The phage-coated microparticles were more effective at clearing bacteria than dried phage particles by themselves. The polymer material is biodegradable and was cleared from the animals within a few days. The technique was successful in attacking different strains of bacteria within biofilms, and the researchers did not see evidence that the bacteria were developing resistance.
Though the phage aren’t believed to attack mammalian cells, they can create an immune system response, and produce a toxins that can be harmful. They are grown in cultures containing the bacteria they attack, so separating them at the purity levels required is another challenge.
Among the next steps are to test the particle-delivery technique in larger animals and against mixtures of bacteria, which often infect humans. The technique must also be tested against chronic infections, which often are seen in persons with cystic fibrosis.
The Latest on: Inhalable viruses
via Google News
The Latest on: Inhalable viruses
- A startup just raised $27 million to make a new kind of painkiller using technology from Harvard scientists, as the race to replace opioids heats up on April 17, 2019 at 7:18 am
Some coughs begin after a virus, while others are tied to certain diseases ... For use in cough, a product must be powerful enough to be given in small, inhalable doses. This is a subscriber-only ... […]
- Beat the Heat: LG Keeps MEA Cool With Its New Range of Air Conditioners on April 15, 2019 at 2:52 am
And finally, the positively charged Micro Dust filter easily filters out tiny, negatively charged microparticles including viruses and bacteria. Using the principle of electrostatic charge, LG’s ... […]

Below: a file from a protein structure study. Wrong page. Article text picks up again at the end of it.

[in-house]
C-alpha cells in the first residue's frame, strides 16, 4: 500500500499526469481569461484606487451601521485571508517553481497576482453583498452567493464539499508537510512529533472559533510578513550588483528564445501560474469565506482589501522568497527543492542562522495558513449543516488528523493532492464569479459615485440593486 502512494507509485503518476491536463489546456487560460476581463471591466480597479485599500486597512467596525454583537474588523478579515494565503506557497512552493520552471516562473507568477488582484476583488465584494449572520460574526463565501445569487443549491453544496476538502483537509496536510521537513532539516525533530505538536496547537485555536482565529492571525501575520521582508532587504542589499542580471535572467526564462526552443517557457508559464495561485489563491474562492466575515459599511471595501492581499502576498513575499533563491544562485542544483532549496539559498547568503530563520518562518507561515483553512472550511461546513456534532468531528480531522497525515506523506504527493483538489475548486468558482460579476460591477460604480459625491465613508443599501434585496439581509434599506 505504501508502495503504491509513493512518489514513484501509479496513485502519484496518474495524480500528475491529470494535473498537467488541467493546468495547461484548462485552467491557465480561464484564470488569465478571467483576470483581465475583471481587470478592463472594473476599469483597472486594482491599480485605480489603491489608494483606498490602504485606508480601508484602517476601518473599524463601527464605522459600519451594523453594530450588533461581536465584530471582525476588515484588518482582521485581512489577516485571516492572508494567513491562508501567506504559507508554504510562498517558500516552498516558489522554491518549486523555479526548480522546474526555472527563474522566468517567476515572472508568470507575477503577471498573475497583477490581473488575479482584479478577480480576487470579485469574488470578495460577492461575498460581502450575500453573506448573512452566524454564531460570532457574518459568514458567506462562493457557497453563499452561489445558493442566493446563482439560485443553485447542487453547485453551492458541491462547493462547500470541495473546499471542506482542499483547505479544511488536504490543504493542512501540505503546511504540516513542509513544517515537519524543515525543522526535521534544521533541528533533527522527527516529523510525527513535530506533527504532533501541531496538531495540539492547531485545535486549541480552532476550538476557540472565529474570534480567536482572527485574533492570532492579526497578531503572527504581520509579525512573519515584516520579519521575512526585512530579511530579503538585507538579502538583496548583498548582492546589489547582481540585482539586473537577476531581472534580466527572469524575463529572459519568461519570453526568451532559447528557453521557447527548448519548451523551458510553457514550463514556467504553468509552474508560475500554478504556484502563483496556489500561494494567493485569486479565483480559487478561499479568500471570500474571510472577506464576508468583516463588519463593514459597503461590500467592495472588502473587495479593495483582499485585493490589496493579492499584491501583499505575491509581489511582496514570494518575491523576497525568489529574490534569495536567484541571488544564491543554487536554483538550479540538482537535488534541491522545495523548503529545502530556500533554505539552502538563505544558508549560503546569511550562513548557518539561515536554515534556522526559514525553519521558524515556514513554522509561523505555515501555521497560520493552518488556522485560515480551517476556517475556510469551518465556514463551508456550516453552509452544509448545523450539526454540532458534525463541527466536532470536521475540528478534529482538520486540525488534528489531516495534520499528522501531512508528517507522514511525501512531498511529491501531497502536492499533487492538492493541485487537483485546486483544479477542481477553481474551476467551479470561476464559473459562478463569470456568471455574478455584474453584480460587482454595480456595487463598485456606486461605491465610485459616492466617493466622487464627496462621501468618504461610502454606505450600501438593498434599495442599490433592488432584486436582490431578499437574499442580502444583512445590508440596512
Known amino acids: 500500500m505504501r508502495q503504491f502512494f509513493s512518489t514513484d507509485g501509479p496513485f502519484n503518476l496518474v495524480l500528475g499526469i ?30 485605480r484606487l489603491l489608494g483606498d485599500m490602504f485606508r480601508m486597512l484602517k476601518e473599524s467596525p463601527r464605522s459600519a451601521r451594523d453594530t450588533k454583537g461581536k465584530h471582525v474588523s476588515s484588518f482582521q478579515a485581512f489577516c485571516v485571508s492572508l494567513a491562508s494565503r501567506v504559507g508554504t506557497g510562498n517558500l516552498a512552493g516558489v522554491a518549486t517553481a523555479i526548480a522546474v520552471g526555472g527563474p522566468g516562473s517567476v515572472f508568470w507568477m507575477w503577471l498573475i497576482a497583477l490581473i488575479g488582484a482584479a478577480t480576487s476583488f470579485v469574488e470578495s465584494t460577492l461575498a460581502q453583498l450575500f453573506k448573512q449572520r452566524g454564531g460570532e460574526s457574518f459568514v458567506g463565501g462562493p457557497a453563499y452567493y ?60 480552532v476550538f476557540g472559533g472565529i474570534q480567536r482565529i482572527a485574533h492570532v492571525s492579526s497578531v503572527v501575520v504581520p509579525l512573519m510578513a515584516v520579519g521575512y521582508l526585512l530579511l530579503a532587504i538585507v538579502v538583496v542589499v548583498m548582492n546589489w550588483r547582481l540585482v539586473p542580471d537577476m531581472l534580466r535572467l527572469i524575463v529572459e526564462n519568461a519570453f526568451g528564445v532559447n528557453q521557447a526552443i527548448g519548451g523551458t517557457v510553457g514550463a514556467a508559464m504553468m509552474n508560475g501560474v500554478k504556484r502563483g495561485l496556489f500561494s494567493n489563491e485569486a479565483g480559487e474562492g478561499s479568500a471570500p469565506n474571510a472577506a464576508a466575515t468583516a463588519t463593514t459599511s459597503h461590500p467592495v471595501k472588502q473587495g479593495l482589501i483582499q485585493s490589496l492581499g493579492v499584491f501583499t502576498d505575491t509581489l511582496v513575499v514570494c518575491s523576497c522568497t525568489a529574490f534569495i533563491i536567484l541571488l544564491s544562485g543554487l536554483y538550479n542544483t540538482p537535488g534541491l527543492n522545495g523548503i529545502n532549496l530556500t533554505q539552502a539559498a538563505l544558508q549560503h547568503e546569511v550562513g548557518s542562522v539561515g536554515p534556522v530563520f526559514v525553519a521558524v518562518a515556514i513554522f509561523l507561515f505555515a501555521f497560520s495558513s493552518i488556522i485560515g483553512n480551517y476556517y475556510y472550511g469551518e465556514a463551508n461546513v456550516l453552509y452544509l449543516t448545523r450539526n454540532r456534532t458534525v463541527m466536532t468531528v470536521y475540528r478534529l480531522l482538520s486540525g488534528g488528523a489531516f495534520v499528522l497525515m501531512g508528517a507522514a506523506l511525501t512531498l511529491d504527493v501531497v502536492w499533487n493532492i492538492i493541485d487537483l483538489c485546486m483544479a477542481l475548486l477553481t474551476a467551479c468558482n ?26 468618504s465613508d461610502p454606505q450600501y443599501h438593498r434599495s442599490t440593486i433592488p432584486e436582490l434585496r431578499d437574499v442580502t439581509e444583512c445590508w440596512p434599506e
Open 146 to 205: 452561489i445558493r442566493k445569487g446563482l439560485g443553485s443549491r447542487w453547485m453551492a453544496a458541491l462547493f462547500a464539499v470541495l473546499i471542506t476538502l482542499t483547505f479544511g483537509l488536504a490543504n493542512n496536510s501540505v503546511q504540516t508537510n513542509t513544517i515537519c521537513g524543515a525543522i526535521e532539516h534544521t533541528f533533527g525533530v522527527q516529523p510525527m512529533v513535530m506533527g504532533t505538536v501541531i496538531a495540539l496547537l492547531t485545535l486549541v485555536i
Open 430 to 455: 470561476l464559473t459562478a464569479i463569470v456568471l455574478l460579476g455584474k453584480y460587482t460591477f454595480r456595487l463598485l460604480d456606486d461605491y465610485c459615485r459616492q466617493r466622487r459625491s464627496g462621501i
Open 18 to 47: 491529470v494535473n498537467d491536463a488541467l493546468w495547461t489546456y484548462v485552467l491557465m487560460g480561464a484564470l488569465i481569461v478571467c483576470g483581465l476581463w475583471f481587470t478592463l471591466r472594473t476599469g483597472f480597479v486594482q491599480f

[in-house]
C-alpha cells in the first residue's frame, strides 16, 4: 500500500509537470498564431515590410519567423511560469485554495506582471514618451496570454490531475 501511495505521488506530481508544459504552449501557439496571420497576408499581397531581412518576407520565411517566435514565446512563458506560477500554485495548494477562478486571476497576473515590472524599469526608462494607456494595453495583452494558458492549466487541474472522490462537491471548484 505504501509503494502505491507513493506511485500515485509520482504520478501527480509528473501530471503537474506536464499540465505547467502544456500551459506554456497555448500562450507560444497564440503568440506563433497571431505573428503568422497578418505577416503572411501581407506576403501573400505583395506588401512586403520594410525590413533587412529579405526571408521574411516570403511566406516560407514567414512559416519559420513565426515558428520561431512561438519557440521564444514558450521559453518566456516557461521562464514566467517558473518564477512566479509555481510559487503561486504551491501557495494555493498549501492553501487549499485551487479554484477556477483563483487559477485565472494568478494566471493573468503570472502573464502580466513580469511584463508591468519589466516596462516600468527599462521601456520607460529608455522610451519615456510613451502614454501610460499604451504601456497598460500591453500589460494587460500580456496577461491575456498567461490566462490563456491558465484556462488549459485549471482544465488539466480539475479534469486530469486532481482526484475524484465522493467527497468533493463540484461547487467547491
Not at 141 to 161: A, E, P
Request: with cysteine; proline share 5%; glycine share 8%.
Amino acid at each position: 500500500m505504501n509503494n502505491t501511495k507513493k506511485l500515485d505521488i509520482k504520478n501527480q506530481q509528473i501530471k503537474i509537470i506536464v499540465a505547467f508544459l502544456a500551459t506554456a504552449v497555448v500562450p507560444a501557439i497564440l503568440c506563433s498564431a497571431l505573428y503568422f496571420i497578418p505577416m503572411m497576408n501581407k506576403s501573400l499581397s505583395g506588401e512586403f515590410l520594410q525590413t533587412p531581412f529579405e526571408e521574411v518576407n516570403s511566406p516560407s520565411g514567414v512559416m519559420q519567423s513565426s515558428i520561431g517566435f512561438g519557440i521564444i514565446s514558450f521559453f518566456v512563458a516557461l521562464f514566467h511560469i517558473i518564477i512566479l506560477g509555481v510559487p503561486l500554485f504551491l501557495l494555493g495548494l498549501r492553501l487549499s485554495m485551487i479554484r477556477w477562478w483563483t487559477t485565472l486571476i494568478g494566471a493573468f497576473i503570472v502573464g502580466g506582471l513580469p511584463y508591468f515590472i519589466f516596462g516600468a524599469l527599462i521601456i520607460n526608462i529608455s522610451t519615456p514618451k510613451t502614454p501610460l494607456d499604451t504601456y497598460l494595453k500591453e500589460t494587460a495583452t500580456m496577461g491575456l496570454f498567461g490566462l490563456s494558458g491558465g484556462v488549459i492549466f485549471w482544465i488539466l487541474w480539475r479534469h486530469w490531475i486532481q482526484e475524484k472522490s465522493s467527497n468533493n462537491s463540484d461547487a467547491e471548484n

- Researchers detect common airborne viruses on board MRT trains on December 4, 2018 at 2:20 pm
droplets containing the viruses can travel up to 90cm before settling. The device used to collect samples is able to separate larger and smaller particles. Larger particles, measuring more than 4 ... […]
- Scientists May Have Discovered a Cure for the Common Cold (and Lots of Other Viruses) on November 1, 2018 at 5:00 pm
Any immunology textbook will tell you that once a virus enters a cell, the only way to knock that ... perhaps delivered through a nasal spray (we do love inhalable medicine). The scientists have only ... […]
- Inhalable viruses show promise as a better way to treat lung infections on September 13, 2018 at 9:58 pm
Currently, the best options for treating pneumonia are taking antiobiotics either orally or intravenously – but as a lung infection, the most direct route would be inhalable drugs. Now researchers at ... […]
- Inhalable Measles Vaccine Set to Debut in First Human Trials on May 4, 2018 at 5:00 pm
The inhalable vaccine bypasses the need for icky needles by mixing liquid carbon dioxide with weakened measles virus. That process creates microscopic bubbles and droplets which dry out and become an ... […]
- Masks offer flimsy protection against flu virus, report says on April 26, 2018 at 11:59 am
"Even if they have a good filtering capacity, inhalable [virus]particles -- because they're not affected by gravity -- will take the route of least resistance, which will be around the mask and ... […]
- Inhalable Ebola vaccine developed on August 25, 2017 at 7:05 pm
Scientists have tested the first inhalable vaccine for Ebola in what could be a landmark development in the fight against the deadly virus. A new study published yesterday found that primates who were ... […]
- Liberia’s Ebola cluster grows to 6 cases on July 15, 2015 at 7:54 am
as a vector to express the Ebola virus glycoprotein. In the study, the team administered aerosolized (inhalable) and liquid versions of this vaccine via the nose and mouth to different groups of ... […]
via Bing News